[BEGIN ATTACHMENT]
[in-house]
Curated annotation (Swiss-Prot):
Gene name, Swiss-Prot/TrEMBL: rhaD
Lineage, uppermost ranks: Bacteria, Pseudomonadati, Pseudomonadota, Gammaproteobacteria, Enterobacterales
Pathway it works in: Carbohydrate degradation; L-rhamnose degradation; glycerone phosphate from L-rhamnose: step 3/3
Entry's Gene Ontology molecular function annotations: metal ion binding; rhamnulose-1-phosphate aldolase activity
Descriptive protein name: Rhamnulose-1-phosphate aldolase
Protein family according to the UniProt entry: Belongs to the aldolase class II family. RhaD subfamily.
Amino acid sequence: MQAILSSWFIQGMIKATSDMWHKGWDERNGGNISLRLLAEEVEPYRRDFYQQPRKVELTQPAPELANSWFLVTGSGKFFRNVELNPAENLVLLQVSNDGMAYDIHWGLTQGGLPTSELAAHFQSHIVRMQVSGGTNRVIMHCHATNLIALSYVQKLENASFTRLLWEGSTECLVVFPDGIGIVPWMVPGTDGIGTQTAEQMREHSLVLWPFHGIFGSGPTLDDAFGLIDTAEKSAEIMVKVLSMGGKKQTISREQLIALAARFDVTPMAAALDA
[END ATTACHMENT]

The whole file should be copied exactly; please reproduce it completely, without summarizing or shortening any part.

[in-house]
Curated annotation (Swiss-Prot):
Gene name, Swiss-Prot/TrEMBL: rhaD
Lineage, uppermost ranks: Bacteria, Pseudomonadati, Pseudomonadota, Gammaproteobacteria, Enterobacterales
Pathway it works in: Carbohydrate degradation; L-rhamnose degradation; glycerone phosphate from L-rhamnose: step 3/3
Entry's Gene Ontology molecular function annotations: metal ion binding; rhamnulose-1-phosphate aldolase activity
Descriptive protein name: Rhamnulose-1-phosphate aldolase
Protein family according to the UniProt entry: Belongs to the aldolase class II family. RhaD subfamily.
Amino acid sequence: MQAILSSWFIQGMIKATSDMWHKGWDERNGGNISLRLLAEEVEPYRRDFYQQPRKVELTQPAPELANSWFLVTGSGKFFRNVELNPAENLVLLQVSNDGMAYDIHWGLTQGGLPTSELAAHFQSHIVRMQVSGGTNRVIMHCHATNLIALSYVQKLENASFTRLLWEGSTECLVVFPDGIGIVPWMVPGTDGIGTQTAEQMREHSLVLWPFHGIFGSGPTLDDAFGLIDTAEKSAEIMVKVLSMGGKKQTISREQLIALAARFDVTPMAAALDA